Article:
Well we can tell you every step of the way, when we planted each grain spawn, in which bucket, when it incubated and went into the Fruiting Room. We pick our mushrooms morning and night and the next day it is in a store, restaurant or on your dinner plate. What you receive from us is ever so fresh, has no preservatives, has not flown from Asia or interstate (where the supermarket oyster mushrooms often come from), not been sprayed, and every mushroom has been delicately handled by just us along the way. As a result, they last far beyond the usual shelf life. We always offer a seasonal medley allowing people to try and taste all the various strains which are available. Some of the strains we have grown are Phoenix, Pink Djamor, Winter White, Ulmarius, Queensland, Monster Blue, Yellow, Grey to name a few.

Regarding our dehydrated ranges, all citrus is unwaxed and have no pesticides and are all home-grown. We grow lemons, limes, grapefruit and oranges as well as our bay leaves. The dehydrating method extends its life span to 6 months or more. Once again, no preservatives are used.

Farming influences? Who’s your farming hero?

We are passionate about being kind to the planet, the soil, the environment, our bodies and the waste. David Attenborough is an inspiration for us. For the rest we turn to experts but also our neighbours and local farming community as well. We can learn from anyone.

Farming hero would have to be my stepdad. For Peter, it was his grandfather Colonel Dickson Robinson of Surama who loved to grow asparagus. This memory has not left him.

For people wanting to get into farming, what’s your key advice?

Do your research. Ask all the hard questions. Then just do it. Over-analysis can lead to paralysis. Have a go, log what you do and reflect back. Automate. Automate. Automate as much as you can so you do not become a slave of your farming business. However if there was only one thing I could say, I would say – put yourself in the shoes of your customer, what is it that they want? Be open to feedback.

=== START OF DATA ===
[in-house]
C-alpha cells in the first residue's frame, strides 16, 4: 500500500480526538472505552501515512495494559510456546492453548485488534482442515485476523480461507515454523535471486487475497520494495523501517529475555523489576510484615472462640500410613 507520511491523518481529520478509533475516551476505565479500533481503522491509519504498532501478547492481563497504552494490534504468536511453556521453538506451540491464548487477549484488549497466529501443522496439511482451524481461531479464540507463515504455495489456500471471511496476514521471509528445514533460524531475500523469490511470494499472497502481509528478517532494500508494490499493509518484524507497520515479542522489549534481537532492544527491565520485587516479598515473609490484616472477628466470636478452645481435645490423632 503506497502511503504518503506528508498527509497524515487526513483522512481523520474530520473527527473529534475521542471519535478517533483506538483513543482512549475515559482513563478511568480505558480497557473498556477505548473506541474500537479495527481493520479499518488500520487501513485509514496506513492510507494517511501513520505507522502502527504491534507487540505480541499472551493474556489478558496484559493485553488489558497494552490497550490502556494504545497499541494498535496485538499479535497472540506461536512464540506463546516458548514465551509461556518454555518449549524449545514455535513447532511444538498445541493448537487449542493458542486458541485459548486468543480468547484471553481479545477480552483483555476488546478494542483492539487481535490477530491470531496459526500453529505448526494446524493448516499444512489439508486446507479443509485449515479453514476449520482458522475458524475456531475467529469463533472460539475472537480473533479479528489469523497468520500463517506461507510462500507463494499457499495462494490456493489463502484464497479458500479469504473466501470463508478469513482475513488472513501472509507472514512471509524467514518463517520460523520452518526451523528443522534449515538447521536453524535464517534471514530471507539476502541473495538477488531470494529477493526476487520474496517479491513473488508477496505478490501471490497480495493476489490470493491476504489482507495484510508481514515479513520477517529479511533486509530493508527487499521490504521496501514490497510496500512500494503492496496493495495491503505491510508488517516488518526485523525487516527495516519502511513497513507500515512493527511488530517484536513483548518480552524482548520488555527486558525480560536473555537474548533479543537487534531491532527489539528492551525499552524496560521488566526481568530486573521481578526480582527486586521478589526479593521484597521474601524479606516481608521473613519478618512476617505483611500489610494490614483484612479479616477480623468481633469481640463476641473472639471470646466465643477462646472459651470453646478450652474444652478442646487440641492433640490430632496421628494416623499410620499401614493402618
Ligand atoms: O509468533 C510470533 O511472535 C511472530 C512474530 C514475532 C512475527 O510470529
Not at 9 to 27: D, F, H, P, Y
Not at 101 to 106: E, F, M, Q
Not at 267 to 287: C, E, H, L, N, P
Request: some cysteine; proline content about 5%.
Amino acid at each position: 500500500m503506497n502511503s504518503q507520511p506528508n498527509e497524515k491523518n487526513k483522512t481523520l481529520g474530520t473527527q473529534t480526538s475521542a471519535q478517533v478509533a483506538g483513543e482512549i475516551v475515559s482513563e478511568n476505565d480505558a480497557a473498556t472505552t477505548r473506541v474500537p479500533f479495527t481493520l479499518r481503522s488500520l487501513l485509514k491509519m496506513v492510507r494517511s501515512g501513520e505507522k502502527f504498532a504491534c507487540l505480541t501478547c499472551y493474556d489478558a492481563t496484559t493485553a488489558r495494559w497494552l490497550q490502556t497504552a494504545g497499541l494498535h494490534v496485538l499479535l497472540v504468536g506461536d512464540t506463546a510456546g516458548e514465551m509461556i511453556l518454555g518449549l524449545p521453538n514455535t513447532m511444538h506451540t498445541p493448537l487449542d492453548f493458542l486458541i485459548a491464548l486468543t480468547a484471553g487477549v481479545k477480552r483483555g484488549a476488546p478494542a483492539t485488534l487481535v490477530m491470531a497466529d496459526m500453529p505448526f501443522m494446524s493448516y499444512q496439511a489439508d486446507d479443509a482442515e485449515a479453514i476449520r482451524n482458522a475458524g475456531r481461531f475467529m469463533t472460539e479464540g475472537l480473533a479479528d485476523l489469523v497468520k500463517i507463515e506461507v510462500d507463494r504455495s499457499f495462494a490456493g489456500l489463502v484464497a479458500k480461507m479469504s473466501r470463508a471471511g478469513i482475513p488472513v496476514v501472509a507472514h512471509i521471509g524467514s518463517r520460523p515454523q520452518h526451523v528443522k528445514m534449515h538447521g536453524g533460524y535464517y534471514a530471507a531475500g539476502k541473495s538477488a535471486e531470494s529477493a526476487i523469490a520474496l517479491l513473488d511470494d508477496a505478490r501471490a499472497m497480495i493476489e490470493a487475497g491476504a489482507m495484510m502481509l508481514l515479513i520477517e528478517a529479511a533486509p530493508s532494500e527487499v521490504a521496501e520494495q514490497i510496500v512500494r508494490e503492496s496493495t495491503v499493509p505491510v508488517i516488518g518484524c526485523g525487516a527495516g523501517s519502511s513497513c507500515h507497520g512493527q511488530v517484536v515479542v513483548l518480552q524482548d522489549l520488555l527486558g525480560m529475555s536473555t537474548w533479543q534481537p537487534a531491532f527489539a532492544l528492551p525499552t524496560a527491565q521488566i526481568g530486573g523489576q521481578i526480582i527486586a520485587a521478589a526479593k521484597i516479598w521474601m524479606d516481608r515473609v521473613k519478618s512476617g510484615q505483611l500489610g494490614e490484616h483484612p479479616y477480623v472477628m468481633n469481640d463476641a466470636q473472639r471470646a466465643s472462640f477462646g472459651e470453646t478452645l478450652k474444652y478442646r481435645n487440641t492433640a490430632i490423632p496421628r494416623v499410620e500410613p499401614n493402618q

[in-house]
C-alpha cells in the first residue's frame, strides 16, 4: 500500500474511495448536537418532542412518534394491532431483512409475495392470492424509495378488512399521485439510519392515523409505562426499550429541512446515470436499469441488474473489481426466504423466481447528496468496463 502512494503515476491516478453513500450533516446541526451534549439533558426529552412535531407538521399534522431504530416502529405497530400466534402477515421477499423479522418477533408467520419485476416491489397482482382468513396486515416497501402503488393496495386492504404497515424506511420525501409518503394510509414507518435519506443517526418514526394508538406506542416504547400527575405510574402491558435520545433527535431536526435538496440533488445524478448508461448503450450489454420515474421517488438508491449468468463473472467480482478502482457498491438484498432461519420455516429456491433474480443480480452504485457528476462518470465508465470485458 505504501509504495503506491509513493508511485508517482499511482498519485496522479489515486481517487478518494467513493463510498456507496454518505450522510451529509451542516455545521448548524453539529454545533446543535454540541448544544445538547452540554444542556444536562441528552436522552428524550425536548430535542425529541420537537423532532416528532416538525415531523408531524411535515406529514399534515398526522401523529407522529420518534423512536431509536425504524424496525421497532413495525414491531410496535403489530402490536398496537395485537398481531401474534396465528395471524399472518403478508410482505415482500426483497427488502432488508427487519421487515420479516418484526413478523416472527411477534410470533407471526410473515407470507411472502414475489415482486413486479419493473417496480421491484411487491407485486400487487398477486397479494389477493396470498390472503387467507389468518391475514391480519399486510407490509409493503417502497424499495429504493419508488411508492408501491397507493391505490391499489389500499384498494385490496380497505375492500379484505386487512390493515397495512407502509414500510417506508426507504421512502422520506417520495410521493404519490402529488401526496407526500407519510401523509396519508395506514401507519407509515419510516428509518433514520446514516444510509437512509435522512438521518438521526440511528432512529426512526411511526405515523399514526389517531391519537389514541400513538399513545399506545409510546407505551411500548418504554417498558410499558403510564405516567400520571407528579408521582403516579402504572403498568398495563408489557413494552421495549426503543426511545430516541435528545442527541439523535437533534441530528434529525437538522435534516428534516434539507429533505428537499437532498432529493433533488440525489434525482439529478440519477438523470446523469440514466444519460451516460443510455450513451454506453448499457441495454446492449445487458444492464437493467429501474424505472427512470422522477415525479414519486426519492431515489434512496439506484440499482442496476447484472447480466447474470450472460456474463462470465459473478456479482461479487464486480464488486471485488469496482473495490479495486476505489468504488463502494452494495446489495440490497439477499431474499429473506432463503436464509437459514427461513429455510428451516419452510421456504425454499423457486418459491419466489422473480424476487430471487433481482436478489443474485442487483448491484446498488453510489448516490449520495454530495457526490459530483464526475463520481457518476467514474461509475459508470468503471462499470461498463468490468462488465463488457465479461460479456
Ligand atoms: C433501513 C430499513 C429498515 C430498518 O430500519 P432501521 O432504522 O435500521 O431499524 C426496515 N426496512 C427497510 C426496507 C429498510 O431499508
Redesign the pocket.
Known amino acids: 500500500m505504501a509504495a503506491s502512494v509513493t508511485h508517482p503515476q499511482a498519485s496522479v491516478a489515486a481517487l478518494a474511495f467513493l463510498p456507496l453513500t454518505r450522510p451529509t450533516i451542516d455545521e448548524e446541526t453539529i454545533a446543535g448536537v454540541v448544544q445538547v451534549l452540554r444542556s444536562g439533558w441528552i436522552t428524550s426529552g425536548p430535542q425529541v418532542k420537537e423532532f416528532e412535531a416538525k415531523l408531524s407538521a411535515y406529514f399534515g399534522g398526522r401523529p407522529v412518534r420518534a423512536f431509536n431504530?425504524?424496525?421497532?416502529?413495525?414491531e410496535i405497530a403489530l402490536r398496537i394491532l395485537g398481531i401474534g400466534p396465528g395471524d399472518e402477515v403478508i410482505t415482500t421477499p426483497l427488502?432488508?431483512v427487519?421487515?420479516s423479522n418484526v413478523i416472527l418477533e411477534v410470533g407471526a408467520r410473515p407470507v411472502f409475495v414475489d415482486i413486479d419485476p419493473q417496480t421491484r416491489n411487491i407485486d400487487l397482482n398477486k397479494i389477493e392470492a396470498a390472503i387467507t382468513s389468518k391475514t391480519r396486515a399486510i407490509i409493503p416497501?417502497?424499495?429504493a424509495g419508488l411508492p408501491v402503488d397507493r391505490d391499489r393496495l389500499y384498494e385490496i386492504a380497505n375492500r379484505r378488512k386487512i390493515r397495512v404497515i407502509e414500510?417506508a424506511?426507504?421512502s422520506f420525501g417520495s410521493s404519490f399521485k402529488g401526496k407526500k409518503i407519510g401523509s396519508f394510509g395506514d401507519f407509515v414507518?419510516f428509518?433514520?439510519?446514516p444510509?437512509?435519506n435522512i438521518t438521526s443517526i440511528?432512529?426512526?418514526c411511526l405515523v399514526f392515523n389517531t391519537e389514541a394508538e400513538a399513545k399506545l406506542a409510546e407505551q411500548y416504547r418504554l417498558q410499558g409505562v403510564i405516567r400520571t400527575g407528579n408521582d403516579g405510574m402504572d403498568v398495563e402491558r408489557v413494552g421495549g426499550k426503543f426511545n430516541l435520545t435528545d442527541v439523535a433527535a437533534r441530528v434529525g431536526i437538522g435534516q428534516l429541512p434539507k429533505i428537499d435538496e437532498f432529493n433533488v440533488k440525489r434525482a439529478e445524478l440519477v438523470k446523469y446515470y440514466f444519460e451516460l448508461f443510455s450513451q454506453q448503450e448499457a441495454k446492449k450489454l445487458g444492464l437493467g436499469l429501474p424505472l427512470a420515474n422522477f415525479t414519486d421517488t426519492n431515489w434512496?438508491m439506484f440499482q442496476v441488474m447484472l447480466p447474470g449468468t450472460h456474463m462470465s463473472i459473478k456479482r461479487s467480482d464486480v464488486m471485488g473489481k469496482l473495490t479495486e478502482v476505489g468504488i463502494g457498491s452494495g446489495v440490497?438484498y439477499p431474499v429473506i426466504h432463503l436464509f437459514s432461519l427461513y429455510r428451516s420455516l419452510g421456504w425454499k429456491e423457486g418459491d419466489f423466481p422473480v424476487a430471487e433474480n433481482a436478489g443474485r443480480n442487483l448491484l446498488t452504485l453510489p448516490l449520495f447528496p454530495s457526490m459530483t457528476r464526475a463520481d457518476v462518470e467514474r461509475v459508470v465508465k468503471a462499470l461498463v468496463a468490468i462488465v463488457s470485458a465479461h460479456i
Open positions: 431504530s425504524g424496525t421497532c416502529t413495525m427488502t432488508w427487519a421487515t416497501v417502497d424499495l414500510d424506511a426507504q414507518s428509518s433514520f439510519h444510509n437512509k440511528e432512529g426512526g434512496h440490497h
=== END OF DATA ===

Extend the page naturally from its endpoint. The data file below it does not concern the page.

How did you hear about the Prom Coast Food Collective? Has it helped?

Local friends who knew we were growing mushrooms suggested we made contact. Has it helped? YES. As soon as I spoke to Amelia that Saturday morning, it was a OMG moment, people who think like us and can support our vision. I love the packing community; busy farmers helping each other out. It feels more like collaboration rather than competition and this has been always one of my mottos.

If you could impart one piece of knowledge to your customer base, about cooking with your product, what would it be?

Oyster mushrooms – roast them simply as you would potatoes, whole and individual on an oven tray with lashings of olive oil, salt, pepper and if you have some, rosemary. Add to anything, for me, it is a truffle potato puree.

What’s one thing that we might not know about you, outside of farming?

Beatrice’s first language is French.

Peter is a well-known Australian adventurer; he was the first Aussie to walk to the North and the South Magnetic Poles and is a passionate horseman.

Favourite farming book?

Charles Massey’s Call of the Reed Warbler, anything by Milkwood Permaculture and Paul Stamets’ Mycelium Running

Favourite non-farming book?

Anything by Agatha Christie and the Count Of Monte Christo